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Image and video hosting by TinyPic Cast: Kimika Yoshino, Shohei Hino, Sho Aikawa, Harumi Sone, Hideki Sone

Director: Takashi Miike

Genre: Drama/Crime/Thriller/Horror

Year: 2003

Rating: Unrated

Minami (Hideki Sone) mistakenly kills a gangster associate of his named Brother. Almost as soon as the murder takes place, the body of the deceased man is gone, prompting Minami to conduct a search. While looking, he finds a mysterious isolated hotel where he decides to take a rest. Not only are the front desk clerks a bit strange, but even the ambiance feels unusual. Minami soon realizes he may have gotten more than he bargained for.

Takashi Miike has made a number of Yakuza films over the years and Gozu is one of but it is also much more. The film is about Minami who has been ordered to dispose of his "brother" Ozaki, who has apparently gone insane and threatens their controlled Yakuza lifestyle. The small town where Minami goes to dump the body is populated by unusual people that are a little too eager to please. Like most of Miike's This is filled with violence and disturbing images as well as dark humor only he can deliver. On the outside it might seem like any other gangster revenge flick but on the inside it is a bizarre surreal film that awakes the senses. The film is slower than a lot of Miike's other works but it is also weird in a Lynch or Cronenberg way that leaves you as confused as you are entertained. If you seen any other films from this amazing Director but never seen Gozu then I recommend picking this up, if you are new to his work then this one might not be the best place to start but it is certainly one of his most creative works. I can honestly say this is not a film for everyone but to a fan this is a master piece that should not be missed, all you mainstream movie lovers should look elsewhere but if your willing to open your mind to something completely different then I recommend this. The film is confusing and shocking and again you get one of what the hell endings, heck the whole movie gives you that "WTF" feeling but that is what makes Miike's work so great. Thought-provoking to say the least but a film I was captivated and I couldn't take my eyes off it. This 2003 film gets a makeover in this all new Two Disc Collector's Edition that includes a ton of bonus features that include:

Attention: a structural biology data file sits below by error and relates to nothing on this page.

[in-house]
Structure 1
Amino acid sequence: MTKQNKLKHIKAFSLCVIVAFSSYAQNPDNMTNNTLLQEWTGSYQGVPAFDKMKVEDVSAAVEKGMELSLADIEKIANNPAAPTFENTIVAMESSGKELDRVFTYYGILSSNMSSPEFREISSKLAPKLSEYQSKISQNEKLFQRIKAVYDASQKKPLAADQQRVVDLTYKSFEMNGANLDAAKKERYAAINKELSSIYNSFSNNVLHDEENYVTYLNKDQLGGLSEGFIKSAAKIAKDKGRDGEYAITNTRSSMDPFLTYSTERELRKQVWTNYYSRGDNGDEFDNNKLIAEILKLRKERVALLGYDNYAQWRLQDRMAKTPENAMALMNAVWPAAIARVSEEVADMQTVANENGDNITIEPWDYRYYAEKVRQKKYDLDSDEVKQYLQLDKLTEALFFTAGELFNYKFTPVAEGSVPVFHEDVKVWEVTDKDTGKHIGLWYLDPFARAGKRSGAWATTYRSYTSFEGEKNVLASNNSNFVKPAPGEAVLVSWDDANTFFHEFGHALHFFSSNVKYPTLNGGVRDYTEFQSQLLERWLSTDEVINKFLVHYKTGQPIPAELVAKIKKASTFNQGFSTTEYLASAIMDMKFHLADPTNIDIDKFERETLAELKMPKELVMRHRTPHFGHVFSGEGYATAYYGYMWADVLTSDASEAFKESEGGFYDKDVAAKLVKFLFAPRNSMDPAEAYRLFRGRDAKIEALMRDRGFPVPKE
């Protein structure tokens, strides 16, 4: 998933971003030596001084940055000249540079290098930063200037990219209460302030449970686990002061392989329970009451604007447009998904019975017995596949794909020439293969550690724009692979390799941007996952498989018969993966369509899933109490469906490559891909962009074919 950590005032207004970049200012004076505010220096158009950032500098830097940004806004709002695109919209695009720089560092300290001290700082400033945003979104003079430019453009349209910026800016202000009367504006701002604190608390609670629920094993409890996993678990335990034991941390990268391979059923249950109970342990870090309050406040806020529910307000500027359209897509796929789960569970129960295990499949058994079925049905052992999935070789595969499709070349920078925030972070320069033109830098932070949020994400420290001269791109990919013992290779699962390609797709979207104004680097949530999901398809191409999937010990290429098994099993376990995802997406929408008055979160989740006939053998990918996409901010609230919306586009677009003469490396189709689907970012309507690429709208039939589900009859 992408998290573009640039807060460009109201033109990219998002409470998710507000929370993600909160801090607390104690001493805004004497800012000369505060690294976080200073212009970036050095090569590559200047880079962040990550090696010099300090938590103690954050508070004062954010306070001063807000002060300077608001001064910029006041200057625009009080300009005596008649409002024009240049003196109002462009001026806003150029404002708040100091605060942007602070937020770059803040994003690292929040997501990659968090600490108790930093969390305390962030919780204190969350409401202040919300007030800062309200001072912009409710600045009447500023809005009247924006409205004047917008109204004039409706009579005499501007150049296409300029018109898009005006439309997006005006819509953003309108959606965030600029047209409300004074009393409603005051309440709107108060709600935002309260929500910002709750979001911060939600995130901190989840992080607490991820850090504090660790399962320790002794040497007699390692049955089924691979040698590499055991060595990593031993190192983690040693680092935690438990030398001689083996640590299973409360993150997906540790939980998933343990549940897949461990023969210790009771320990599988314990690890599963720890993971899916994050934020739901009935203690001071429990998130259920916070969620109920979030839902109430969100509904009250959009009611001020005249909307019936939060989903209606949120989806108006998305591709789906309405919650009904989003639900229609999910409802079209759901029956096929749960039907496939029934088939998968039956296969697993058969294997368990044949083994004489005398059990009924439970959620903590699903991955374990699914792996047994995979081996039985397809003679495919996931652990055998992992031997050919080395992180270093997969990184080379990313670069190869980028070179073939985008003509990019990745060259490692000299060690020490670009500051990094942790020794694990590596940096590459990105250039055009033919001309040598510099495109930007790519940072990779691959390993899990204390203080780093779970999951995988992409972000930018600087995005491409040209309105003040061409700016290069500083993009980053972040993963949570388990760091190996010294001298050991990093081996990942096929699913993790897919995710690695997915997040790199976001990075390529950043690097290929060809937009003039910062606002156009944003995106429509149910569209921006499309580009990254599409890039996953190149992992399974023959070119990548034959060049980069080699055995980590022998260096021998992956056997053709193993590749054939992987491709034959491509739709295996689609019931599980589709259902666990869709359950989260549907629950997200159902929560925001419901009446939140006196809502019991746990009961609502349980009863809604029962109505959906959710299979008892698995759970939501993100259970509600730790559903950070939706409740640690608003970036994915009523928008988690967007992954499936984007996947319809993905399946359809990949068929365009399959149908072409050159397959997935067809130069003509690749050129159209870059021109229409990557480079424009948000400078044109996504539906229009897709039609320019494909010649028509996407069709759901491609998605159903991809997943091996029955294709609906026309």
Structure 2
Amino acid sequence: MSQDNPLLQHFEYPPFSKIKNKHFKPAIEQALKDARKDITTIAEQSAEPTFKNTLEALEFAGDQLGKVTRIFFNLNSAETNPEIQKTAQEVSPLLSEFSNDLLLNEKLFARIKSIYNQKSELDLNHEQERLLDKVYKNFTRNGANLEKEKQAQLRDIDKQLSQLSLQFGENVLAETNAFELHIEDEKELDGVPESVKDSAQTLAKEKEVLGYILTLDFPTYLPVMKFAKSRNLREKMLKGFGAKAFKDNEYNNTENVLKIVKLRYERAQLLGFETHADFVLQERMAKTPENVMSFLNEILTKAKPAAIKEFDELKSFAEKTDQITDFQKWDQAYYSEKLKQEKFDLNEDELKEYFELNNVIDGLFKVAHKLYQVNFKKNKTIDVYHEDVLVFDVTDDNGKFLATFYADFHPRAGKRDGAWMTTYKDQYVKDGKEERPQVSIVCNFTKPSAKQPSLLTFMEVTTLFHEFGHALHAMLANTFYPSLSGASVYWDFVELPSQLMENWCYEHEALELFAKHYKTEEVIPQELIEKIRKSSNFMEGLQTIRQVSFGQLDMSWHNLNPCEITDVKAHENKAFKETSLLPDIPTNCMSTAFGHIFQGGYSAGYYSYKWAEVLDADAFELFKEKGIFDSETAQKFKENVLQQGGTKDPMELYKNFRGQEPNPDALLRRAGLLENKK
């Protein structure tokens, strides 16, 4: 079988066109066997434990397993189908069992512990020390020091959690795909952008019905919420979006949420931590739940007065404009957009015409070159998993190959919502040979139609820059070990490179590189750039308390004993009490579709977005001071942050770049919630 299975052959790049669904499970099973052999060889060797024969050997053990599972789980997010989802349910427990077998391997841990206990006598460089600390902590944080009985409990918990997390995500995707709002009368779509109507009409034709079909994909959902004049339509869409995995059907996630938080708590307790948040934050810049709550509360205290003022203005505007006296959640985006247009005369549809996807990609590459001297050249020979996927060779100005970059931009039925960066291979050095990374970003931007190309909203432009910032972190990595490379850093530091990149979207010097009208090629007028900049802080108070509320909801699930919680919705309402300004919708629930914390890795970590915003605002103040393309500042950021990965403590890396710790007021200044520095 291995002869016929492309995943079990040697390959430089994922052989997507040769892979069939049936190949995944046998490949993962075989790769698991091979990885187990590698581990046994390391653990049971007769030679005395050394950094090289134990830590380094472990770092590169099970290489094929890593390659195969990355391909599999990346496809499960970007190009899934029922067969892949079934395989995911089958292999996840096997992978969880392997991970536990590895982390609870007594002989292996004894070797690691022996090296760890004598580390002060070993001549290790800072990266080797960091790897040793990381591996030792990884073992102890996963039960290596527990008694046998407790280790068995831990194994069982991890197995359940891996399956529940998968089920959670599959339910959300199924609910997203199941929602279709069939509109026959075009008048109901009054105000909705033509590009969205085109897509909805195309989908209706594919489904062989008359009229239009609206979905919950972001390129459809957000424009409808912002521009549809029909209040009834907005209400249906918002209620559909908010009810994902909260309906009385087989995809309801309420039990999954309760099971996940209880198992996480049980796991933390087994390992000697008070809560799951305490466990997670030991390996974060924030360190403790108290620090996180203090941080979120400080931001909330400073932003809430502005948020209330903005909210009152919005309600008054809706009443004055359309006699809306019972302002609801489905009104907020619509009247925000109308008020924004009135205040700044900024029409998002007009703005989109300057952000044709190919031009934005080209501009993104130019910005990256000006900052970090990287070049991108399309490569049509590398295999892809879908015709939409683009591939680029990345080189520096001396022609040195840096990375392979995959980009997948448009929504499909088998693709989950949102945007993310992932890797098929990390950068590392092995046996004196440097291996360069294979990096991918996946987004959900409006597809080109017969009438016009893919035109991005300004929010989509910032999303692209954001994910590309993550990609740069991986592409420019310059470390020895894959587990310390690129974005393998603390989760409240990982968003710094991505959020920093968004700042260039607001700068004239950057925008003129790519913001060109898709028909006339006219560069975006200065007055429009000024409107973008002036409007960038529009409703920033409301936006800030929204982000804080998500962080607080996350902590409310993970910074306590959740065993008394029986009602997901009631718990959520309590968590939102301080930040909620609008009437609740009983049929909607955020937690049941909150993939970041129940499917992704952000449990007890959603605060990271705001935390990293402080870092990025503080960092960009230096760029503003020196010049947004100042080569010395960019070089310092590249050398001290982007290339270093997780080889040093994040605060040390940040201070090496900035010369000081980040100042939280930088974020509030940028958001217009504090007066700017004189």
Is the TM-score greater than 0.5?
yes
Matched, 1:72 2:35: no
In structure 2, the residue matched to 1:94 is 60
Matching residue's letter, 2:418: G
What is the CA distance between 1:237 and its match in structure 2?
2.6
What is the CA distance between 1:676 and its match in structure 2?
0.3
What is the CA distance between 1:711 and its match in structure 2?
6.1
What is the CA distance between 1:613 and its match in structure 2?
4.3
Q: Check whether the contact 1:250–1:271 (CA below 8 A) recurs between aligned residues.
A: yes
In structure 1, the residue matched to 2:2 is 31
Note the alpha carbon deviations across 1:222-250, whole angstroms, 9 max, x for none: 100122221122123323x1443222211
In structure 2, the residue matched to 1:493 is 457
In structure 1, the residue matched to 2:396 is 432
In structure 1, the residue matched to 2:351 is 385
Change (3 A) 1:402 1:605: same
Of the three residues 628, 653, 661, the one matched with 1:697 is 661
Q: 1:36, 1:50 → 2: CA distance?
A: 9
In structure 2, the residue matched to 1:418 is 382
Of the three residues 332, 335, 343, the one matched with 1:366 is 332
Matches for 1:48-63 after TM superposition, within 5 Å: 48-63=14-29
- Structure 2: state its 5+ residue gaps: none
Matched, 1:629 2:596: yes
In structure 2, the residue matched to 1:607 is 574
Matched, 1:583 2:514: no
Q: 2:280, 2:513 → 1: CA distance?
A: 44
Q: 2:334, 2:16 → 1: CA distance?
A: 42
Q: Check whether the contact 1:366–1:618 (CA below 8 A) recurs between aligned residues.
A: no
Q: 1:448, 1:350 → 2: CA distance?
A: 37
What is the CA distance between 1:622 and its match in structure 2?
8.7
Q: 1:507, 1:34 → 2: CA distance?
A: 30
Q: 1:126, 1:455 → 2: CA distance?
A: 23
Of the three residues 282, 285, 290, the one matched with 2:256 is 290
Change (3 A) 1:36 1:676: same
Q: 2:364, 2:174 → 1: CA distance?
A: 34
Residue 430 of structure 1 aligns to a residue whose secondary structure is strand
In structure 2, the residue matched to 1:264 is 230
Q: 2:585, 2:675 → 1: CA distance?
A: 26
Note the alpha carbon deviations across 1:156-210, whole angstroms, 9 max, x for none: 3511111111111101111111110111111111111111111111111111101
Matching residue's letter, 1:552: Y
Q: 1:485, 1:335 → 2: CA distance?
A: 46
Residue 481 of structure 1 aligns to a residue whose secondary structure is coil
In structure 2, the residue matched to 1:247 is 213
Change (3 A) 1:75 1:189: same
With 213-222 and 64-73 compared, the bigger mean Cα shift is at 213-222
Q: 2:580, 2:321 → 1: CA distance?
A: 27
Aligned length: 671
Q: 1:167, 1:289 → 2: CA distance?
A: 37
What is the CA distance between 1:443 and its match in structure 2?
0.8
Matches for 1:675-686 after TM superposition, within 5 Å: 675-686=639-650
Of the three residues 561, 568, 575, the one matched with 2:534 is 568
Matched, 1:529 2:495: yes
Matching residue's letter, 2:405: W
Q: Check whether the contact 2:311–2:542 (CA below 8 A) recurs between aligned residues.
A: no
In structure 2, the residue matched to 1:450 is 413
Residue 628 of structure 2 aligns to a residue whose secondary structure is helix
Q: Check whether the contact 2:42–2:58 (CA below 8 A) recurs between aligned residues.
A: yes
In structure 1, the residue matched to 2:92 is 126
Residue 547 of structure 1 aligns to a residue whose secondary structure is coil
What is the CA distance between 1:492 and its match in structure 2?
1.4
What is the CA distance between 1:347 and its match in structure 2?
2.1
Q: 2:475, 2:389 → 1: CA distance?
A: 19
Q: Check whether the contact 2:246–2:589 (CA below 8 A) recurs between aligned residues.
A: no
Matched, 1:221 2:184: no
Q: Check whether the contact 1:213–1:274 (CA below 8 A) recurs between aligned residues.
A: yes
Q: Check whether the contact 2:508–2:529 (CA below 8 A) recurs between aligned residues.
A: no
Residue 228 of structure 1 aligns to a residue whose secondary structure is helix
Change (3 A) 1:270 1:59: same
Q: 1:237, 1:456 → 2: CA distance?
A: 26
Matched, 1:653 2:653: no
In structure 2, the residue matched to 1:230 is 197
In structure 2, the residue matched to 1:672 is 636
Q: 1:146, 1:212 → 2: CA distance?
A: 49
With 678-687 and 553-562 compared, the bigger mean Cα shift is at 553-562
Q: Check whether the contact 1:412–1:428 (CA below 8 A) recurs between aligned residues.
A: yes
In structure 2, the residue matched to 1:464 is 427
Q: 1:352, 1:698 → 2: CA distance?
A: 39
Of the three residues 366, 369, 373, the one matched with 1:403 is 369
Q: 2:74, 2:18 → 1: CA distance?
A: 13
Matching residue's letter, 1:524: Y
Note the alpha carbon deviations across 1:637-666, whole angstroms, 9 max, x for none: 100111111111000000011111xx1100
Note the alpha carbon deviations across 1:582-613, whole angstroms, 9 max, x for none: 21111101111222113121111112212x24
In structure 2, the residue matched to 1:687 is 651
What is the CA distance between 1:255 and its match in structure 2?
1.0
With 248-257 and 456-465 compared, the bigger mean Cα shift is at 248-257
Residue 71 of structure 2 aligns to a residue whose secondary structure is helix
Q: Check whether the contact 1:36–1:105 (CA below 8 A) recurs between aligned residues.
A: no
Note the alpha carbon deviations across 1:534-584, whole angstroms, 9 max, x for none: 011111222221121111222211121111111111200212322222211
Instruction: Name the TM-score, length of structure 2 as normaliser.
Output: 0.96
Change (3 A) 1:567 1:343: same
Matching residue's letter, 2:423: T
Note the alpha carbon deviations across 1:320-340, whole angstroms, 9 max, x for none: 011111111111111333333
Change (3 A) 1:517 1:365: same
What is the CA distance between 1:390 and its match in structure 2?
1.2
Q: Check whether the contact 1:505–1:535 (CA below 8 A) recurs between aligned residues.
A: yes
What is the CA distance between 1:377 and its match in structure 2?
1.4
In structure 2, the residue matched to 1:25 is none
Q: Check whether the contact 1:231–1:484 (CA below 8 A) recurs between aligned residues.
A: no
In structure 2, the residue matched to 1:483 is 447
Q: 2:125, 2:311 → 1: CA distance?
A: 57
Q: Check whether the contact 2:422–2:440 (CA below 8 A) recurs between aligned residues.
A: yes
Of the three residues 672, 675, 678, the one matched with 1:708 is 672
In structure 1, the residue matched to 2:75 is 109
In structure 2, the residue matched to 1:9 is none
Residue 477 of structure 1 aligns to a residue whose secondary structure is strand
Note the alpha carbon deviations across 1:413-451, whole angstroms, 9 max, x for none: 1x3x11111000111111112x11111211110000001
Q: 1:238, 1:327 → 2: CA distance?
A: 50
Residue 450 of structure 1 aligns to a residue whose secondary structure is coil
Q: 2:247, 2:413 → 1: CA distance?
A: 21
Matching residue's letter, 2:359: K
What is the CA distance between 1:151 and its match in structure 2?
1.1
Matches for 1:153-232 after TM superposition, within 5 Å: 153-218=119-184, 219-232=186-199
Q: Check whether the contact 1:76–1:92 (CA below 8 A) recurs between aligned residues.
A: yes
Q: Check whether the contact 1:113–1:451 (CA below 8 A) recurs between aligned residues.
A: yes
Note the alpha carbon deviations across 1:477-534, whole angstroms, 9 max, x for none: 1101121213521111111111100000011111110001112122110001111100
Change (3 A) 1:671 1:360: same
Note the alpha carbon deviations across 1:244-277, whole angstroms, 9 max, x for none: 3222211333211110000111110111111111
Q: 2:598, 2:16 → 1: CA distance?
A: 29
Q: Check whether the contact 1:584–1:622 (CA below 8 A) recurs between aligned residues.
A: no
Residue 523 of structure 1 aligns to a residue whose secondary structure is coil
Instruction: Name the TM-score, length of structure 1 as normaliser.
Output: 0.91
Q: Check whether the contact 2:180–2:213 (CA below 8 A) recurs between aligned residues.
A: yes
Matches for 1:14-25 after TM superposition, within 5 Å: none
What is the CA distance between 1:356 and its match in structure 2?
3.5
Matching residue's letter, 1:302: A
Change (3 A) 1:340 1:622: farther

Behind-The-Scenes Footage

Essay by Film Critic Bill Gibron (Pop Matters)

Takashi Miike interview featuring directors Guillermo Del Toro and Eli Roth

Production Featurette - Audio Commentary with film critics Andy Klein and Wade Major

Still Gallery


Title Theme Song

Unrated Director's Version

Released by Cinema Epoch

***** Out Of *****